AMD flew a bunch of journalists to Hawaii late last month to announce a new range of graphics cards by the same name, and their new Mantle API. Mantle will circumvent DirectX11 entirely for supported games, which include Battlefield 4, and instead talk to the card directly. AMD expect notable performance improvements from their Graphics Core Next GPUs as a result.
Since then, the manufacturers have enjoyed a marketing push for Mantle no number of tickets to Hawaii could buy: the word of John Carmack.
Carmack tweeted that AMD have an “interesting opportunity” in Mantle, especially considering the place of their tech in both of the next-gen consoles due for imminent release – but doubted that Sony and Microsoft would be “very helpful”.
“Considering the boost Mantle could give to a steambox, MS and Sony may wind up being downright hostile to it,” he wrote.
Carmack further suggested that an API like AMD’s will only reach its potential with advancements that “aren’t possible at all now”.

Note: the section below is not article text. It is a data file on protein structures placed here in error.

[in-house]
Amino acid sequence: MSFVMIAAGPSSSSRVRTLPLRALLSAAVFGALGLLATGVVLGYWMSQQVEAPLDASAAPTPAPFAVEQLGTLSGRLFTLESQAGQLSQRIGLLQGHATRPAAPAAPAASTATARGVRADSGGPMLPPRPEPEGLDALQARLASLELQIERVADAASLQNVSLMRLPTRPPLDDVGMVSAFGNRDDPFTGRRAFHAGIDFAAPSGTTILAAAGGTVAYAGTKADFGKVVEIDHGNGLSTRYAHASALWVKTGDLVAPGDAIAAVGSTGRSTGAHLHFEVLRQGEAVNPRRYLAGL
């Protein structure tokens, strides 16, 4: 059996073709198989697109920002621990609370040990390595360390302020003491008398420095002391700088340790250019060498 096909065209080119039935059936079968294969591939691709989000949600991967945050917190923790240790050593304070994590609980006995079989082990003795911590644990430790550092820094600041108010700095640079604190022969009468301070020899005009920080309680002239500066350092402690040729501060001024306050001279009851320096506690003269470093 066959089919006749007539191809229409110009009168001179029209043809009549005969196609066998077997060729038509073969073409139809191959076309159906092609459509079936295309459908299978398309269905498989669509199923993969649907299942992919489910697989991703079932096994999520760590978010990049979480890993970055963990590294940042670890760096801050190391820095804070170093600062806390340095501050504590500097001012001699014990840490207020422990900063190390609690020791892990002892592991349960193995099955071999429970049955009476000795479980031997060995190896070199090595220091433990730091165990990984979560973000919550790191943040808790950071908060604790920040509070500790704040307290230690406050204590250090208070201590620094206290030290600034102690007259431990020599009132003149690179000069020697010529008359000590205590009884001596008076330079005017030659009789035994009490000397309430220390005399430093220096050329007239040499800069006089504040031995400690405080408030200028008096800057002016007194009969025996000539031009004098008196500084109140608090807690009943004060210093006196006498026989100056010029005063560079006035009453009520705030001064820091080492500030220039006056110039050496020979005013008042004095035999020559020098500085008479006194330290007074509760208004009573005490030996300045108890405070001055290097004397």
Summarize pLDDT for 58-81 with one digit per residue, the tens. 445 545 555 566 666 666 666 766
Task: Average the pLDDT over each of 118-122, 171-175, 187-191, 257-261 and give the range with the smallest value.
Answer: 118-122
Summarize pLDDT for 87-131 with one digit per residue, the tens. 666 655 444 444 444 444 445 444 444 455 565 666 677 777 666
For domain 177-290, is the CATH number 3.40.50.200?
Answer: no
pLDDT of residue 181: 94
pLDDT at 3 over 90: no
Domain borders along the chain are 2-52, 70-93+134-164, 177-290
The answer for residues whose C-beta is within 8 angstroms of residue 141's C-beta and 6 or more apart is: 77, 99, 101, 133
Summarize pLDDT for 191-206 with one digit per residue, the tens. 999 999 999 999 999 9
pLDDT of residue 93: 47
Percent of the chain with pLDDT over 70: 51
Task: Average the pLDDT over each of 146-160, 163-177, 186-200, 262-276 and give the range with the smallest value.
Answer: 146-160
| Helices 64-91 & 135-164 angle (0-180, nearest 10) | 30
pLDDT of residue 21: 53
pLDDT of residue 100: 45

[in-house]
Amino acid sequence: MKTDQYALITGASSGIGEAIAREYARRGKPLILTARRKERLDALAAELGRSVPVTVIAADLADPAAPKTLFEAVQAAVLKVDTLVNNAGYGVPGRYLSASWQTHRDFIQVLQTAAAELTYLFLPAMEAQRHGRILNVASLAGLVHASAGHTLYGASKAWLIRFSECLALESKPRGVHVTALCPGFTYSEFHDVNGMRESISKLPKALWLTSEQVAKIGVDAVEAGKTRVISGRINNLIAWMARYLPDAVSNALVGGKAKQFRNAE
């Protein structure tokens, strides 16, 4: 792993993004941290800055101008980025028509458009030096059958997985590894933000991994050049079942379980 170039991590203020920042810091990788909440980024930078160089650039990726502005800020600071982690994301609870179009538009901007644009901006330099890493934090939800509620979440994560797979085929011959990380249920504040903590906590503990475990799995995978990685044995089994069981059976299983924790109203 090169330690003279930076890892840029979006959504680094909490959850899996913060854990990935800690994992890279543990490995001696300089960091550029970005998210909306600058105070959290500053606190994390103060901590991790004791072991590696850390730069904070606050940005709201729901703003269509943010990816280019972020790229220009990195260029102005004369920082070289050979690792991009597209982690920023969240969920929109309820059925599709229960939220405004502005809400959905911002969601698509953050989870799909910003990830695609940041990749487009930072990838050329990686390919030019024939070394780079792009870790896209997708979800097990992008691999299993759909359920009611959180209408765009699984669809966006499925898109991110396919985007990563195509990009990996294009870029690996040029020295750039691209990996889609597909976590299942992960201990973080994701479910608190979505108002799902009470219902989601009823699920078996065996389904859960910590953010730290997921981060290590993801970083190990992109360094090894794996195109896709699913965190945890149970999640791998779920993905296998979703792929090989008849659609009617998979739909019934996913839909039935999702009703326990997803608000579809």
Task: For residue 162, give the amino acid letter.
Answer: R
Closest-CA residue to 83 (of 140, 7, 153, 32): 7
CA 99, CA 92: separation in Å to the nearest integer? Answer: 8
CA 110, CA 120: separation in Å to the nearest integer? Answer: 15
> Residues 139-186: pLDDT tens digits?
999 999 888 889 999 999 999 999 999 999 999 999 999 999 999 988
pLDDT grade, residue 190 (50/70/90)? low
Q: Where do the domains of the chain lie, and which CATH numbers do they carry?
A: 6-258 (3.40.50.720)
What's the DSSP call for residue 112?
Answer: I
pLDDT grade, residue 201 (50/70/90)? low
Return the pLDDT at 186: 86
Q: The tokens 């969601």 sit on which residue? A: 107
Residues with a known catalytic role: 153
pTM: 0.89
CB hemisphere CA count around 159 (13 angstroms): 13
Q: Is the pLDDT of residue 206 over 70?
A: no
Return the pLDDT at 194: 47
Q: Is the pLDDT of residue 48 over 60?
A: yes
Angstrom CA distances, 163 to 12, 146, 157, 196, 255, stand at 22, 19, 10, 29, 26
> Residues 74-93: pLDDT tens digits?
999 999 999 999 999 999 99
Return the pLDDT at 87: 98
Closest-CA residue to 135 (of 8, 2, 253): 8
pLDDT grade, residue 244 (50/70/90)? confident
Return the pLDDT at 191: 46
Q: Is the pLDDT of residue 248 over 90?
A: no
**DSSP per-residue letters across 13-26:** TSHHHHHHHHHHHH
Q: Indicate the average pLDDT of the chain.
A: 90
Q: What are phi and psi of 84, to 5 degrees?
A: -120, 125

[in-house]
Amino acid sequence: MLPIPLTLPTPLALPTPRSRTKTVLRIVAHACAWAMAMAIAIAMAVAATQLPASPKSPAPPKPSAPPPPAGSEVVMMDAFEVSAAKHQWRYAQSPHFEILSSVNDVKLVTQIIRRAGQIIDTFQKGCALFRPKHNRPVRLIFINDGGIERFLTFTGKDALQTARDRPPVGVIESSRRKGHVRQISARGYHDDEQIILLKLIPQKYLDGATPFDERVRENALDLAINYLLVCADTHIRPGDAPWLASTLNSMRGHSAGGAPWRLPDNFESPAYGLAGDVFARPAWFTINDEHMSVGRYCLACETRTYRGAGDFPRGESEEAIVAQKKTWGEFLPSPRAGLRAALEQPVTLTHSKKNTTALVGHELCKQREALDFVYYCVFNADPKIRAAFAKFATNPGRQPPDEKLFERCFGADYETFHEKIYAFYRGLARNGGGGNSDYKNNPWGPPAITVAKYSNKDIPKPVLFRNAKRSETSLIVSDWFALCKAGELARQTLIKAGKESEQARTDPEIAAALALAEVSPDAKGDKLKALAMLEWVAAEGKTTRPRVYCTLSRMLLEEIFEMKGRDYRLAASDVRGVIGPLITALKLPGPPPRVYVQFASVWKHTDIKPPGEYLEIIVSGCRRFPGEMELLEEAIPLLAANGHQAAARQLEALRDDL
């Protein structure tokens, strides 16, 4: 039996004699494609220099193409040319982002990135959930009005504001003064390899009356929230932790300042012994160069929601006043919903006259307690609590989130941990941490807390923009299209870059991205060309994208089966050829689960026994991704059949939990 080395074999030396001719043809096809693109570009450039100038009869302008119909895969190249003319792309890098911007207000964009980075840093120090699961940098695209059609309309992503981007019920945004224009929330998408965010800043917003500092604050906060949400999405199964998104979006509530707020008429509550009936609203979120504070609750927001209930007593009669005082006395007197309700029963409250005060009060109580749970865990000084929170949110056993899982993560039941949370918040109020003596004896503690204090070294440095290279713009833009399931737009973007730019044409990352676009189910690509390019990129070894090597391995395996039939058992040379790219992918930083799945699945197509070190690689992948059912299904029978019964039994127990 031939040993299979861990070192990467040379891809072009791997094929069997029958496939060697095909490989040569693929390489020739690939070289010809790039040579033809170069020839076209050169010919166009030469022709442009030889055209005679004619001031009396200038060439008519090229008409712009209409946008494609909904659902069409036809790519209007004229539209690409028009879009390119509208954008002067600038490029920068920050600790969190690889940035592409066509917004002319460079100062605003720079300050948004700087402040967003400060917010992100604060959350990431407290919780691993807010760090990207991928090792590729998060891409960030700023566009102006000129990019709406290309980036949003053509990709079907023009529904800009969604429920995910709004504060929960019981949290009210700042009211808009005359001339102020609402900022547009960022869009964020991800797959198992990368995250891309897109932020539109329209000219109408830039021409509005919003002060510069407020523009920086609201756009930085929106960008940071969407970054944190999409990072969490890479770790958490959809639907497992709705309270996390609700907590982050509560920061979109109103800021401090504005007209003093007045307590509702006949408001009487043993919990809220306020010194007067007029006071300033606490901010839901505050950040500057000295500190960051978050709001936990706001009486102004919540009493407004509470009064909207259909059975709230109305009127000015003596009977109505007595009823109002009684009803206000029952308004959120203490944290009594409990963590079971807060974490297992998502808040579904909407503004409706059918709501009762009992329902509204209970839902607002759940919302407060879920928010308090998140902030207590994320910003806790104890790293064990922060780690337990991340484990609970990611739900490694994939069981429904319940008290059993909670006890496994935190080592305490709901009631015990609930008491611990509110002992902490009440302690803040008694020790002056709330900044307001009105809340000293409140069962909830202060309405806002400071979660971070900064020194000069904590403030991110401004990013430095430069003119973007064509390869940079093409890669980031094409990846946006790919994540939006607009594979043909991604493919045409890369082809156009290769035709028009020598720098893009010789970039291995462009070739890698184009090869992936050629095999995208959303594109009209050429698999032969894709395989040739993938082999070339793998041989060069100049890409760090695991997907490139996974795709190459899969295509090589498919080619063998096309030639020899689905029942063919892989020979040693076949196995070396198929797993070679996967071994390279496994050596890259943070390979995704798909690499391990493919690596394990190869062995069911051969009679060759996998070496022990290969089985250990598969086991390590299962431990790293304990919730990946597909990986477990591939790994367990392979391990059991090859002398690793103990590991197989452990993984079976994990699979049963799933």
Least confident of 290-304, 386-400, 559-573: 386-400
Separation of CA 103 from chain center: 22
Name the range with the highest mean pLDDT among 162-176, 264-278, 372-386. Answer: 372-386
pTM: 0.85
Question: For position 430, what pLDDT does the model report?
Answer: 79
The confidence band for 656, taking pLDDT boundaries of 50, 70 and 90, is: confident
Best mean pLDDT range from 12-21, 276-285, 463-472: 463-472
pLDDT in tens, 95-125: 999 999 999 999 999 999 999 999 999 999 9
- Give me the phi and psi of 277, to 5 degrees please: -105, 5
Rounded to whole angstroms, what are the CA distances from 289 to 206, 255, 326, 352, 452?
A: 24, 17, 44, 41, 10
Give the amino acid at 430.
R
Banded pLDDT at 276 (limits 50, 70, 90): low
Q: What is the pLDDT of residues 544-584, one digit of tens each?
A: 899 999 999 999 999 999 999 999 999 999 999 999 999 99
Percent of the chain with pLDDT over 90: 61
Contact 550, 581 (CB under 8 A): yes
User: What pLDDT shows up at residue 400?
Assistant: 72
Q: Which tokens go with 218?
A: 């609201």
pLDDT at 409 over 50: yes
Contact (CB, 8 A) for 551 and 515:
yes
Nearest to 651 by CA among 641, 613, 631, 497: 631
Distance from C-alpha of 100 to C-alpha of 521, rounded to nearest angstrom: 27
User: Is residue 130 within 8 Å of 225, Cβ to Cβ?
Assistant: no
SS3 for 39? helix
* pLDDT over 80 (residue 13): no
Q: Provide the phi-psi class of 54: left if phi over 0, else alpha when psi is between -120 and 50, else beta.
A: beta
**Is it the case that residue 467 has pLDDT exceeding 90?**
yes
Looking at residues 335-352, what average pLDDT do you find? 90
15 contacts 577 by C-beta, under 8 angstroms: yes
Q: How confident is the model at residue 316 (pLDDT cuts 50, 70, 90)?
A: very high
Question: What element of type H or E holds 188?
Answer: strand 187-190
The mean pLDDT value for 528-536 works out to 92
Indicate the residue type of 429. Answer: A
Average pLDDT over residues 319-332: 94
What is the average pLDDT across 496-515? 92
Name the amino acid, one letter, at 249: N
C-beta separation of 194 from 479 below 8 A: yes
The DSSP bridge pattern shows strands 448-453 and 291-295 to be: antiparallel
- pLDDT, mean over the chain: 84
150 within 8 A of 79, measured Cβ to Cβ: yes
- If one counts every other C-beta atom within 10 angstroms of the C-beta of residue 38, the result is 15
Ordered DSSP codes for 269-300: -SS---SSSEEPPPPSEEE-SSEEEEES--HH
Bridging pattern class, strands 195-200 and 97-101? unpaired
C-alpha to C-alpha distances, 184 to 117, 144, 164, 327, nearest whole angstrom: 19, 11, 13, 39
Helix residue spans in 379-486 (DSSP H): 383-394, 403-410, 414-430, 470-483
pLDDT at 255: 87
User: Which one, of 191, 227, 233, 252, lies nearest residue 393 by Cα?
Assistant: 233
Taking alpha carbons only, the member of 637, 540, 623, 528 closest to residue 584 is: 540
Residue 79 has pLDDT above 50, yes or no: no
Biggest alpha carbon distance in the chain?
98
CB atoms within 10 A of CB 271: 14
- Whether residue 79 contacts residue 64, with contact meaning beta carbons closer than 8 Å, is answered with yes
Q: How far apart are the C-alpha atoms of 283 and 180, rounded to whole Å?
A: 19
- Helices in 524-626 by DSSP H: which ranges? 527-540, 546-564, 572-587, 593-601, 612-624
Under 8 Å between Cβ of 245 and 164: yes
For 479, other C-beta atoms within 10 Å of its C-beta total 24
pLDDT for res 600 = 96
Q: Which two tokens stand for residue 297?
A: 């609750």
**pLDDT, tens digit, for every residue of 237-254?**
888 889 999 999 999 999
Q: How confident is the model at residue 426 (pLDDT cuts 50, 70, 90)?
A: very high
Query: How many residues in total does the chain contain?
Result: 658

“If you just port code that is efficient on GL or DX to a nativeish api, the per gain will be small,” he explained. “The win would be in allowing archs like continuous simultaneous use of buffers by both CPUs and GPUs. In some situations, this can be big.”
For the time being, however, Carmack will continue to use Mantle competitor OpenGL on PC, Mac and Linux, “since I’m not working on consoles now”.
“I won’t be writing any Mantle code in the near future,” he said. “9x draw calls is credible over stock D3D, but Nvidia OpenGL extensions can give similar improvements.”
Mantle already has the support of EA via its Frostbite 3 engine, which powers not only Battlefield but Dragon Age 3, Need for Speed: Rivals and the new Star Wars Battlefront. But at the moment, you’ll need to own a card from AMD’s 7000 series or the new Hawaii range to take advantage of it. Is that likely to be you in the near future?